Marathon series: Top Tips for Marathon Training

With the date for the London Marathon set for October 3rd 2021, and the Brighton Marathon just a few weeks earlier on September 12th 2021, first time marathon runners and veterans alike will have recently embarked on their training for the big day. But do you know where to start or how to optimise your performance? Our series of blog posts will discuss all things training and race day preparation, to help you to prepare. In this week’s blog post we will discuss some top tips to help you embark on you marathon training successfully.

Don’t just run to get fit, get fit to run

Every year, many first time marathon runners start their training as part of “keep fit regime”. The reality behind this is that not everyone will have baseline levels of fitness which will allow for effective running training straight away. Before starting your training programme it is vital that you look at your overall levels of fitness. For some runners the best starting point is to increase your fitness using low-impact machines in the gym before starting to go out for runs. Strength training is also key in preparing your muscles for the increasing mileage they’re going to need to work for.

Prioritise injury prevention

Prevention is always better than cure. Address any niggles that my arise before they become significant, ignoring them and continuing regardless may lead to a bigger problem which could interfere with your training plan.

Don’t put too much pressure on yourself

Don’t fall into the trap of comparing yourself to those who you may be training with. Everyone progresses at different rates, and comparing yourself to others (who may have a lot more running experience!) can be detrimental to your own development. Any comparisons should be made against your own times/distance so that you can see the improvements that you have made.

Listen to your body

Everyone says it, but not enough do it- LISTEN TO YOUR BODY! Yes your muscles will ache, but you also need to set limits and allow yourself to recover in between training sessions. Not giving your muscles time to rest and recover is one of the leading causes of injuries among marathon runners.

Fundraising for charity is a great motivation to keep going

Choosing a charity that means a lot to you and fundraising for them helps many runners to keep going with their training even on days when they don’t want to. It is inevitable that at some point during your training you’ll wonder “why am I doing this” or “I don’t want to do this anymore” but having something other than yourself to run for can really help to keep you motivated.

Make sure you have the correct trainers

Something so simple, and very often overlooked, but it can make a huge difference to how well you are able run. Going to a specialist running shop will allow for them to asses your running style and find shoes which will support this. Having the correct shoes will help to prevent injury, and make running more comfortable.

Planning and progression

Sticking to your running plan it critical to a positive end result. Just because you’re feeling good at the end of a run- don’t keep going! The plan is designed to give your body time to adjust and adapt in between runs, deviating from this could limit your chances of effective recovery. Effective training plans should gradually increase time/speed/duration in a way that your body can cope with.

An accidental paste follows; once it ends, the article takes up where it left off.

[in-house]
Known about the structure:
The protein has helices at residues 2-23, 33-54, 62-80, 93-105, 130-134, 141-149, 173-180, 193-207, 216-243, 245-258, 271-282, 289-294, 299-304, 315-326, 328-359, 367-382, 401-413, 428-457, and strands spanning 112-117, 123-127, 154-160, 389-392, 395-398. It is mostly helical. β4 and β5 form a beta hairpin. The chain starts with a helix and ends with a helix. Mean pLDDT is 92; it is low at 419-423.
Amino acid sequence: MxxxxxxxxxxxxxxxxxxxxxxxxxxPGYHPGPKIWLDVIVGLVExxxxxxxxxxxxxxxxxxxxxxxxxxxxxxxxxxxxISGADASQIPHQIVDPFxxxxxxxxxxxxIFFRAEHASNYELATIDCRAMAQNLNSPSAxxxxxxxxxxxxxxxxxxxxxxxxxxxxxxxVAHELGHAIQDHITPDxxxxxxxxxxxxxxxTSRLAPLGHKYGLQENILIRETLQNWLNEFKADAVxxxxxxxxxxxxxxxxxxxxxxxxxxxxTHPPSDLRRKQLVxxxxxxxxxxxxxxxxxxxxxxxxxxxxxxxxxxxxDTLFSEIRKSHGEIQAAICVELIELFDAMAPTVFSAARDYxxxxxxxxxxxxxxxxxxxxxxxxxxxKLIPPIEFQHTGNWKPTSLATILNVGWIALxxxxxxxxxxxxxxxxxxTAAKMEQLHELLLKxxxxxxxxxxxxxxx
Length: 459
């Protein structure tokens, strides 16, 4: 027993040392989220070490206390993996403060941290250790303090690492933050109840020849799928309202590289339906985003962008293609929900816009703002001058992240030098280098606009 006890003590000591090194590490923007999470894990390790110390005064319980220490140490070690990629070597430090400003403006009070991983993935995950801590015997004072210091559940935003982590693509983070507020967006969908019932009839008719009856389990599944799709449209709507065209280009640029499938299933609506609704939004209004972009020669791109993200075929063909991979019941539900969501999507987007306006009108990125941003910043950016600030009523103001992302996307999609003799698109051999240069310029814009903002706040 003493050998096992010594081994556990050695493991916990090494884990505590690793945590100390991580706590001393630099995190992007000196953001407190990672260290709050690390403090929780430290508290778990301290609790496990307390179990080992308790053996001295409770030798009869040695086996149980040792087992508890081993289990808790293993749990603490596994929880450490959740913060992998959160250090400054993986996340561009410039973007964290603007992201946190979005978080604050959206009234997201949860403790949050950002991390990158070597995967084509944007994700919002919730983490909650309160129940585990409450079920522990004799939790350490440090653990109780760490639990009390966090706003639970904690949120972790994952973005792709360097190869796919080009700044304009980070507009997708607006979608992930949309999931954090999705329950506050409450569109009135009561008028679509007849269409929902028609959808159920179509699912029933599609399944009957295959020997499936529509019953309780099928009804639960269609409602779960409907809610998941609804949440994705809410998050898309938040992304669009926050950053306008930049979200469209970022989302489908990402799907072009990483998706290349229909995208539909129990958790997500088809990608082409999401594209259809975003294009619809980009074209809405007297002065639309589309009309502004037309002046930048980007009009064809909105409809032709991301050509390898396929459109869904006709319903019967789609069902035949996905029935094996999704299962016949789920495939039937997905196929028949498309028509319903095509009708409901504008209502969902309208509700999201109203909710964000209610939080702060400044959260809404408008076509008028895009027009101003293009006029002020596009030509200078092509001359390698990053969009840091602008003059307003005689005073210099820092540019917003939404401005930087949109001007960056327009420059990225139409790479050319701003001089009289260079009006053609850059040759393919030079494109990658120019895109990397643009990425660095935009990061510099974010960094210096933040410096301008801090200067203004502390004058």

Make sure you time each of your training runs

Timing each of your runs can be helpful when tracking your progress through training. This will give you a good idea of what improvements you still need to make, in addition to the motivation you get when you can see the time its taking to complete the same distance ticking down!

Make it fun

Running by yourself can get pretty boring- join a local running club to meet people with similar goals to you and to help make your training more fun.

Pace yourself- slow and steady wins the race!

When you first start running it can be tricky to work out what pace you should be going at. Running at a speed where you could comfortably hold a conversation at is a brilliant starting point. As your fitness improves over the duration of your training plan, it is likely you’ll find that this speed is able to increase.

Run how is comfortable for you

Everyone runs differently, literature will tell you that there is only one effective way to run- which is partially true. But it is vital that whilst you are running you are comfortable. However, 3 key things to remember whilst you are running are feel tall, land softly, and have a slight forwards lean. As you develop is a runner it is likely these aspects will develop over time and become a natural part of your running style.

Core strength is more important than you think

Long distance running is demanding on you entire body, so it is important that your core is strong in order to support the demands you are placing upon it. Simple exercises are very effective in strengthening your core and can bee found in one of our previous blog posts here.

Stretch regularly

Something that many over look until they start to get problems. Stretching the key muscle groups regularly and after every run will keep them in good condition and help them to recover. For example, glutes, hamstrings, quads and calves will be doing the majority of the work whilst your are running, and stretching these will help to prevent injury and aid recovery.

This blog post is not designed to replace a complete medical assessment. Should you experience any pain or discomfort stop the activity and consult a healthcare professional. For appointments and personalised treatment plans contact us

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